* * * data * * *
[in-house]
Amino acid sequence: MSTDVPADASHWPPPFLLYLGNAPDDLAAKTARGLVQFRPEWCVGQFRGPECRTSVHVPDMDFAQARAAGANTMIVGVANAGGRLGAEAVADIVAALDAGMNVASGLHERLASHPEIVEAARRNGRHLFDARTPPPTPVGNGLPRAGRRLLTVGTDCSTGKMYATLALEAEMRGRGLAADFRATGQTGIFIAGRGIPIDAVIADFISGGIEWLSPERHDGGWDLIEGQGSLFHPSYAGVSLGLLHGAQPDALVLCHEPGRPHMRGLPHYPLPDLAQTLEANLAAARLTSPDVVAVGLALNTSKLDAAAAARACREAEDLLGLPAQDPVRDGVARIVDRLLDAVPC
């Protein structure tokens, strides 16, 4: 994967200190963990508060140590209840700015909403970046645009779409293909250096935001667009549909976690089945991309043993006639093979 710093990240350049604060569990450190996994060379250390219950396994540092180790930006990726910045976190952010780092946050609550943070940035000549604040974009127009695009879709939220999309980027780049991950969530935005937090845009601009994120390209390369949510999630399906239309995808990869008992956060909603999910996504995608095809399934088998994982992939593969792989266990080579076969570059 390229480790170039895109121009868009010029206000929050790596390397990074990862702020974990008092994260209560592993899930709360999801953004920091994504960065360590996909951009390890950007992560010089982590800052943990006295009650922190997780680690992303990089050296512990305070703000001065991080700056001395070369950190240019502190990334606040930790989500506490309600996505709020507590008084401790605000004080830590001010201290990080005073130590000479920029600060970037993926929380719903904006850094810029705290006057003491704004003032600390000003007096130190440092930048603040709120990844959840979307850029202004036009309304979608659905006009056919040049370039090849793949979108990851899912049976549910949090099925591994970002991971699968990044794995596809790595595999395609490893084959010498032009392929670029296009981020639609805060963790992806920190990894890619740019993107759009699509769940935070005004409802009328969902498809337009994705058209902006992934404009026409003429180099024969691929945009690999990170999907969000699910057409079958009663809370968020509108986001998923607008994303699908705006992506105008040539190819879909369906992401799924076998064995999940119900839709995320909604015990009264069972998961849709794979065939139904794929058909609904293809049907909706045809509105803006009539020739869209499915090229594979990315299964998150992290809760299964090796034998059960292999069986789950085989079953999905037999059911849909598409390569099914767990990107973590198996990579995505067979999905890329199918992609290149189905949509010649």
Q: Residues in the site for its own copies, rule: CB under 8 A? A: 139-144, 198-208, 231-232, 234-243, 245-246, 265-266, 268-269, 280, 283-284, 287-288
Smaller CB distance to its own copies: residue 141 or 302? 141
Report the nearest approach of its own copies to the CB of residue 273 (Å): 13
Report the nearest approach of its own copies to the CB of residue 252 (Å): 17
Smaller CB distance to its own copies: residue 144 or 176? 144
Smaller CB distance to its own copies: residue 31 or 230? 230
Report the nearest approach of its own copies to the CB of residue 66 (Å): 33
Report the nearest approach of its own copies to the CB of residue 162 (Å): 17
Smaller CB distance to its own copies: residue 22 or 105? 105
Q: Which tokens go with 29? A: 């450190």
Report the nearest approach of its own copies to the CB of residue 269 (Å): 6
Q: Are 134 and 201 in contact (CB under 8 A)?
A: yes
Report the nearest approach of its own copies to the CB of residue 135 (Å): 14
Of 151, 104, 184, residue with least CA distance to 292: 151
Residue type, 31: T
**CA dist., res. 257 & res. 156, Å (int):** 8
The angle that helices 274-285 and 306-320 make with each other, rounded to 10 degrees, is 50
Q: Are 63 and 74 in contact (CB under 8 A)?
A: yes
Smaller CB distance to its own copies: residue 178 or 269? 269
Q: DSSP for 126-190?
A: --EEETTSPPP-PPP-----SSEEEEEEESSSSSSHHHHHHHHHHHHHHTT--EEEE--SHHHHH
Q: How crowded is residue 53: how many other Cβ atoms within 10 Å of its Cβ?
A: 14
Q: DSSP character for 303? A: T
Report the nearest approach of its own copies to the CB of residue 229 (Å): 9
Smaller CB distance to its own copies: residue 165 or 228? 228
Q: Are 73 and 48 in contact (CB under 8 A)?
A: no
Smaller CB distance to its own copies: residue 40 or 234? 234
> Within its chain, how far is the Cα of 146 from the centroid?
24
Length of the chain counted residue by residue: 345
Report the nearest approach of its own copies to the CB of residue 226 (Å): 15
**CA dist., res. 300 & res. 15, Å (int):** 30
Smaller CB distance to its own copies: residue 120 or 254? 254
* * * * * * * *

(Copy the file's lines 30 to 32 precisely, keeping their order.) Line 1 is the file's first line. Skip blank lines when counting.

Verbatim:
Report the nearest approach of its own copies to the CB of residue 229 (Å): 9
Smaller CB distance to its own copies: residue 165 or 228? 228
Q: Are 73 and 48 in contact (CB under 8 A)?